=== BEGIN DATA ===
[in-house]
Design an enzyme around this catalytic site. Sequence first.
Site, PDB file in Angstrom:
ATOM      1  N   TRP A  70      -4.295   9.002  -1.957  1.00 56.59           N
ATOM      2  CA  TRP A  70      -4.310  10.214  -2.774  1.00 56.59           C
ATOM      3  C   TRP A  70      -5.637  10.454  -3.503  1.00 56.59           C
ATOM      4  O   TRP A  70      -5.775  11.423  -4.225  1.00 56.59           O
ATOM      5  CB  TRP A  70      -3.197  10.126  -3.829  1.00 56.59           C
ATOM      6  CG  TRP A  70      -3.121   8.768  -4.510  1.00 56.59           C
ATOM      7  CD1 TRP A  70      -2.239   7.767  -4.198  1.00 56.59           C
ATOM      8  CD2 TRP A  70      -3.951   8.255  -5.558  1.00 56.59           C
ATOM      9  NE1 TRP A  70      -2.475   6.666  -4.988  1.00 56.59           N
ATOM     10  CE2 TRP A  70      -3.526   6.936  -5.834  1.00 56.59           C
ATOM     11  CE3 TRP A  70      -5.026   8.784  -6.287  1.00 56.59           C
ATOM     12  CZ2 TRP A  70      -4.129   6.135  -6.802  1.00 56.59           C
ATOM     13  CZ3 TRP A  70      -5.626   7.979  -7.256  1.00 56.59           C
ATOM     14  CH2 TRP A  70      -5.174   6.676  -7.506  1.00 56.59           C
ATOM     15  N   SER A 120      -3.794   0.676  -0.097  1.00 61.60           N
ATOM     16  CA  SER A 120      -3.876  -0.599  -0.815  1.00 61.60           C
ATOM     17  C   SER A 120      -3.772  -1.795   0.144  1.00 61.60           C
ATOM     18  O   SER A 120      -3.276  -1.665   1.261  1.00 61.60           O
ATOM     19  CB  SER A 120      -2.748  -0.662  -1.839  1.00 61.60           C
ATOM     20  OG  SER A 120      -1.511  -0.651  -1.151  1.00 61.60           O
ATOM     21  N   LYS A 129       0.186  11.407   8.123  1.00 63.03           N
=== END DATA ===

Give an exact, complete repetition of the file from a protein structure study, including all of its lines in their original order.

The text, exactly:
[in-house]
Design an enzyme around this catalytic site. Sequence first.
Site, PDB file in Angstrom:
ATOM      1  N   TRP A  70      -4.295   9.002  -1.957  1.00 56.59           N
ATOM      2  CA  TRP A  70      -4.310  10.214  -2.774  1.00 56.59           C
ATOM      3  C   TRP A  70      -5.637  10.454  -3.503  1.00 56.59           C
ATOM      4  O   TRP A  70      -5.775  11.423  -4.225  1.00 56.59           O
ATOM      5  CB  TRP A  70      -3.197  10.126  -3.829  1.00 56.59           C
ATOM      6  CG  TRP A  70      -3.121   8.768  -4.510  1.00 56.59           C
ATOM      7  CD1 TRP A  70      -2.239   7.767  -4.198  1.00 56.59           C
ATOM      8  CD2 TRP A  70      -3.951   8.255  -5.558  1.00 56.59           C
ATOM      9  NE1 TRP A  70      -2.475   6.666  -4.988  1.00 56.59           N
ATOM     10  CE2 TRP A  70      -3.526   6.936  -5.834  1.00 56.59           C
ATOM     11  CE3 TRP A  70      -5.026   8.784  -6.287  1.00 56.59           C
ATOM     12  CZ2 TRP A  70      -4.129   6.135  -6.802  1.00 56.59           C
ATOM     13  CZ3 TRP A  70      -5.626   7.979  -7.256  1.00 56.59           C
ATOM     14  CH2 TRP A  70      -5.174   6.676  -7.506  1.00 56.59           C
ATOM     15  N   SER A 120      -3.794   0.676  -0.097  1.00 61.60           N
ATOM     16  CA  SER A 120      -3.876  -0.599  -0.815  1.00 61.60           C
ATOM     17  C   SER A 120      -3.772  -1.795   0.144  1.00 61.60           C
ATOM     18  O   SER A 120      -3.276  -1.665   1.261  1.00 61.60           O
ATOM     19  CB  SER A 120      -2.748  -0.662  -1.839  1.00 61.60           C
ATOM     20  OG  SER A 120      -1.511  -0.651  -1.151  1.00 61.60           O
ATOM     21  N   LYS A 129       0.186  11.407   8.123  1.00 63.03           N